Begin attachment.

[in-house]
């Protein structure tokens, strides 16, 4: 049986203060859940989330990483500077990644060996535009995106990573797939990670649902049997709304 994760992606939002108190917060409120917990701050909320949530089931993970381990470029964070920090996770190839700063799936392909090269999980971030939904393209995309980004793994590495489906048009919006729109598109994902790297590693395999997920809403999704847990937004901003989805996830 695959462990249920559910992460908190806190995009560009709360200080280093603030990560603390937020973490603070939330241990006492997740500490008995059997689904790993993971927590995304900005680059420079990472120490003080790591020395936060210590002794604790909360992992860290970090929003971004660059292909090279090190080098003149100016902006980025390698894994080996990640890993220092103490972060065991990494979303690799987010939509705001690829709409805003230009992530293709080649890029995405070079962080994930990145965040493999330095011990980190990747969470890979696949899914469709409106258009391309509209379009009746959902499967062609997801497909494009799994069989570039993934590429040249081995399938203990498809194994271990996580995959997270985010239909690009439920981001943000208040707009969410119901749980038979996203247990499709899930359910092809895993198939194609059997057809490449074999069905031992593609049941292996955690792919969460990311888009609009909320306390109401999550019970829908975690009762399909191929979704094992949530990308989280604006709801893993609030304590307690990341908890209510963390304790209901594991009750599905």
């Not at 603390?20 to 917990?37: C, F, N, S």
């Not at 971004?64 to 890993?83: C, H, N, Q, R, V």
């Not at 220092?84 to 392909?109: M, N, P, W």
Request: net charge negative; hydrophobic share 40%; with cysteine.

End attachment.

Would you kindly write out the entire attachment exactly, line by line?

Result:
[in-house]
């Protein structure tokens, strides 16, 4: 049986203060859940989330990483500077990644060996535009995106990573797939990670649902049997709304 994760992606939002108190917060409120917990701050909320949530089931993970381990470029964070920090996770190839700063799936392909090269999980971030939904393209995309980004793994590495489906048009919006729109598109994902790297590693395999997920809403999704847990937004901003989805996830 695959462990249920559910992460908190806190995009560009709360200080280093603030990560603390937020973490603070939330241990006492997740500490008995059997689904790993993971927590995304900005680059420079990472120490003080790591020395936060210590002794604790909360992992860290970090929003971004660059292909090279090190080098003149100016902006980025390698894994080996990640890993220092103490972060065991990494979303690799987010939509705001690829709409805003230009992530293709080649890029995405070079962080994930990145965040493999330095011990980190990747969470890979696949899914469709409106258009391309509209379009009746959902499967062609997801497909494009799994069989570039993934590429040249081995399938203990498809194994271990996580995959997270985010239909690009439920981001943000208040707009969410119901749980038979996203247990499709899930359910092809895993198939194609059997057809490449074999069905031992593609049941292996955690792919969460990311888009609009909320306390109401999550019970829908975690009762399909191929979704094992949530990308989280604006709801893993609030304590307690990341908890209510963390304790209901594991009750599905």
């Not at 603390?20 to 917990?37: C, F, N, S």
């Not at 971004?64 to 890993?83: C, H, N, Q, R, V």
């Not at 220092?84 to 392909?109: M, N, P, W």
Request: net charge negative; hydrophobic share 40%; with cysteine.